To all submitting to contests or publications, I wish you luck.

 Would love to hear more about people’s experiences with writing contests, either via the comments section or whatever way you usually contact me. Ditto if you have questions for Jez.

A Squee for Capricon

I was angst-y all last week leading up to Capricon. One reason I write is because it’s good work for an introvert and (I keep having to explain this to people!) I’m pretty introverted. Despite this tendency, I’m trying to get out and meet other writers. I worked on getting people from The Writing Journey to come with me; I also whinged at my husband BK, and my BFF, Cookie. It was no go, from everybody. *Sighs*

When I registered, I had no idea who’d appear besides the Guests of Honor. It wasn’t expensive, as these things go, so I figured, what the hell. My sister lives ten minutes from the con site, so I could crash with her for free, and spend a little time with her and my puppy nephew, Seamus.

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Me, petting my sister’s dog

I also don’t get to see enough of Bill and Cheryl Cavalier. They go every year, so this was my chance to remedy that.

So here’s what happened. I ended up seeing Gene Wolfe from a safe distance. I didn’t get his autograph on An Evil Guest, as I had hoped. Lord willing, he’ll be at the next Capricon and I can corner him then. Maybe I’ll even remember to bring some of his other books, and he can sign those, too.

I actually got to talk to Mary Anne Mohanraj and Wesley Chu for a few minutes. They couldn’t have been nicer. Mary Anne actually invited me to a pot luck for local writers. I’d give an ovary to attend, except that I’ll be out of town taking care of somebody, and I won’t be back in time to go. *Pouts*

And now we approach the Super-Squee part. I found out some time after registering that Mary Robinette Kowal would be there. I first learned about Mary in 2012 around the time I decided to get serious about writing. Again. That’s a long story.

Anyway, Mary’s novella, “Kiss Me Twice”, was on the Hugo ballot,  so I read it. I’ve read more of her work since then, of course, including several of her Glamourist Histories novels,  her Hugo-winning short story, “For Want of a Nail”, and Hugo-nominated short story, “Evil Robot Monkey”. Around that time I also started listening to the Writing Excuses podcasts, which I recommend unreservedly to anyone who’s interested in writing, irrespective of their preferred genres.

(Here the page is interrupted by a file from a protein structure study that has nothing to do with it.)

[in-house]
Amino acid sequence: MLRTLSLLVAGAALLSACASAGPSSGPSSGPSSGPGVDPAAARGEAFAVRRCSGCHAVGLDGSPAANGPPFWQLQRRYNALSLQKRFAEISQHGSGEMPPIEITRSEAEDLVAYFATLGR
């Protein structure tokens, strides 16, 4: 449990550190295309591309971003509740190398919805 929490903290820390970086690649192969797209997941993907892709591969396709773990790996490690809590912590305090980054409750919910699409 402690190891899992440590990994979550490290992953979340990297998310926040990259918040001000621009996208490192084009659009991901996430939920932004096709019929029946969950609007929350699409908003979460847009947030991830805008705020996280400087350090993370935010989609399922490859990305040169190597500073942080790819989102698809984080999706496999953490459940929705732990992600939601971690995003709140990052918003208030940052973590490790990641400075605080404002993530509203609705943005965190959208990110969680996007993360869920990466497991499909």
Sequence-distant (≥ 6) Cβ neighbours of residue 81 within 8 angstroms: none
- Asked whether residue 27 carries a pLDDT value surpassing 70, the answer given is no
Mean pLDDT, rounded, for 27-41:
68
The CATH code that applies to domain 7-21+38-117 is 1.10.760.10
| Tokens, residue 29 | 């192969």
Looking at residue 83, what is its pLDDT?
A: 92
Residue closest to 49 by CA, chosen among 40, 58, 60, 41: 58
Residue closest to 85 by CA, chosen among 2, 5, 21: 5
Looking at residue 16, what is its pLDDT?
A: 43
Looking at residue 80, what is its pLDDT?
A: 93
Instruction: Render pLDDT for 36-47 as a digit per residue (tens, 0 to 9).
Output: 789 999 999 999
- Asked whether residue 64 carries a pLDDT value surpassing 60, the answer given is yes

Anyway, you know what people say about Mary? They say, “Everyone loves Mary.”

After taking an online short story workshop with her in November and seeing her at Capricon, I totally get it. The online workshop was so good I registered to take an in-person workshop she’s offering this June.

So I accosted her at Capricon and said hi, and she recognized me from the tiny image of me that showed up in Google Hangouts. She signed my copy of Glamour in Glass. So far, pleasant but not unexpected, right? However, Saturday was Mary’s 45th birthday. In addition to just talking with her – if you haven ‘t done that, you have no notion how pleasant that can be – she offered cake and party favors to those who stopped by. I indulged in both. The cake was a lemon pound cake her mother baked and shipped to her. It was fragrant and delicious. The party favors were elegant, Jane-Austen-themed temporary tattoos.

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My elegant tattoo

And then…Mary invited me to her birthday party! Squee!

I got to stop by her room later that evening for scotch and nibbles. Her husband Rob was charming, as were the other guests. We talked about City Winery (where Rob works), travel, other conventions, and writing. It was all extremely classy. You want to know how classy? If we ever start offering knighthoods and dameships (is that a thing?) in the United States, Mary would be a prime candidate.

Oh, there was programming and stuff. I went to some. I liked a lot of it.

Bill tied for first place in the Artist Showdown, and celebrated by doing some kickass harp playing at Live Band Karaoke. Cheryl and I talked writing and generally gossiped.

So that was my Capricon.

Um, did I say “Squee!”?